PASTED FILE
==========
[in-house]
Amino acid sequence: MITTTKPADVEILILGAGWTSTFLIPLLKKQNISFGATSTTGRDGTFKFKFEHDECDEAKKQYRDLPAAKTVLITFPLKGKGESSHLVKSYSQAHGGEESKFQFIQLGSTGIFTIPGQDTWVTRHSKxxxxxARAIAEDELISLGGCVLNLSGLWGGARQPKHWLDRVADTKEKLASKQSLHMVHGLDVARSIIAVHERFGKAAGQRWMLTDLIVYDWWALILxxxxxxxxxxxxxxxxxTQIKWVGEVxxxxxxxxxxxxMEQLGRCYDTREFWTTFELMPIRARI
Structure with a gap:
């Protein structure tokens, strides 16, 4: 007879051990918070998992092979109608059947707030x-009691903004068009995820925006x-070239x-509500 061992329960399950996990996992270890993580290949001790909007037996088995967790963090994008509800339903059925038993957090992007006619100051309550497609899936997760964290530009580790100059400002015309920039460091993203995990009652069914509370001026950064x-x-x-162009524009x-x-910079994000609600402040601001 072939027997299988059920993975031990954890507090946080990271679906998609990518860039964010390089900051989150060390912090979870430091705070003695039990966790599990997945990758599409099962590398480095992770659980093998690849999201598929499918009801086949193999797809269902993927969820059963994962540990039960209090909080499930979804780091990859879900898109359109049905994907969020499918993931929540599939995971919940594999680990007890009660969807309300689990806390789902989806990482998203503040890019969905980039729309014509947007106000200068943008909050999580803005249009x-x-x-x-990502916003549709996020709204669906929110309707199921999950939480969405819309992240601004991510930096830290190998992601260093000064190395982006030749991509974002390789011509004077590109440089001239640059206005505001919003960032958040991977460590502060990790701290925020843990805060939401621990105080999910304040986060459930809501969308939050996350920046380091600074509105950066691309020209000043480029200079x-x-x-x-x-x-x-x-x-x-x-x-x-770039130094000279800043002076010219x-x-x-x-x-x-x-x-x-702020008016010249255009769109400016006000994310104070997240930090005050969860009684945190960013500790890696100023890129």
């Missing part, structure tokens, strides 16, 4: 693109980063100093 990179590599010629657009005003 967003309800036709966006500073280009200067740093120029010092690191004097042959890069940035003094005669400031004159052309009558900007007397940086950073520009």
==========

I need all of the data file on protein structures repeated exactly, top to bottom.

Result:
[in-house]
Amino acid sequence: MITTTKPADVEILILGAGWTSTFLIPLLKKQNISFGATSTTGRDGTFKFKFEHDECDEAKKQYRDLPAAKTVLITFPLKGKGESSHLVKSYSQAHGGEESKFQFIQLGSTGIFTIPGQDTWVTRHSKxxxxxARAIAEDELISLGGCVLNLSGLWGGARQPKHWLDRVADTKEKLASKQSLHMVHGLDVARSIIAVHERFGKAAGQRWMLTDLIVYDWWALILxxxxxxxxxxxxxxxxxTQIKWVGEVxxxxxxxxxxxxMEQLGRCYDTREFWTTFELMPIRARI
Structure with a gap:
């Protein structure tokens, strides 16, 4: 007879051990918070998992092979109608059947707030x-009691903004068009995820925006x-070239x-509500 061992329960399950996990996992270890993580290949001790909007037996088995967790963090994008509800339903059925038993957090992007006619100051309550497609899936997760964290530009580790100059400002015309920039460091993203995990009652069914509370001026950064x-x-x-162009524009x-x-910079994000609600402040601001 072939027997299988059920993975031990954890507090946080990271679906998609990518860039964010390089900051989150060390912090979870430091705070003695039990966790599990997945990758599409099962590398480095992770659980093998690849999201598929499918009801086949193999797809269902993927969820059963994962540990039960209090909080499930979804780091990859879900898109359109049905994907969020499918993931929540599939995971919940594999680990007890009660969807309300689990806390789902989806990482998203503040890019969905980039729309014509947007106000200068943008909050999580803005249009x-x-x-x-990502916003549709996020709204669906929110309707199921999950939480969405819309992240601004991510930096830290190998992601260093000064190395982006030749991509974002390789011509004077590109440089001239640059206005505001919003960032958040991977460590502060990790701290925020843990805060939401621990105080999910304040986060459930809501969308939050996350920046380091600074509105950066691309020209000043480029200079x-x-x-x-x-x-x-x-x-x-x-x-x-770039130094000279800043002076010219x-x-x-x-x-x-x-x-x-702020008016010249255009769109400016006000994310104070997240930090005050969860009684945190960013500790890696100023890129």
């Missing part, structure tokens, strides 16, 4: 693109980063100093 990179590599010629657009005003 967003309800036709966006500073280009200067740093120029010092690191004097042959890069940035003094005669400031004159052309009558900007007397940086950073520009």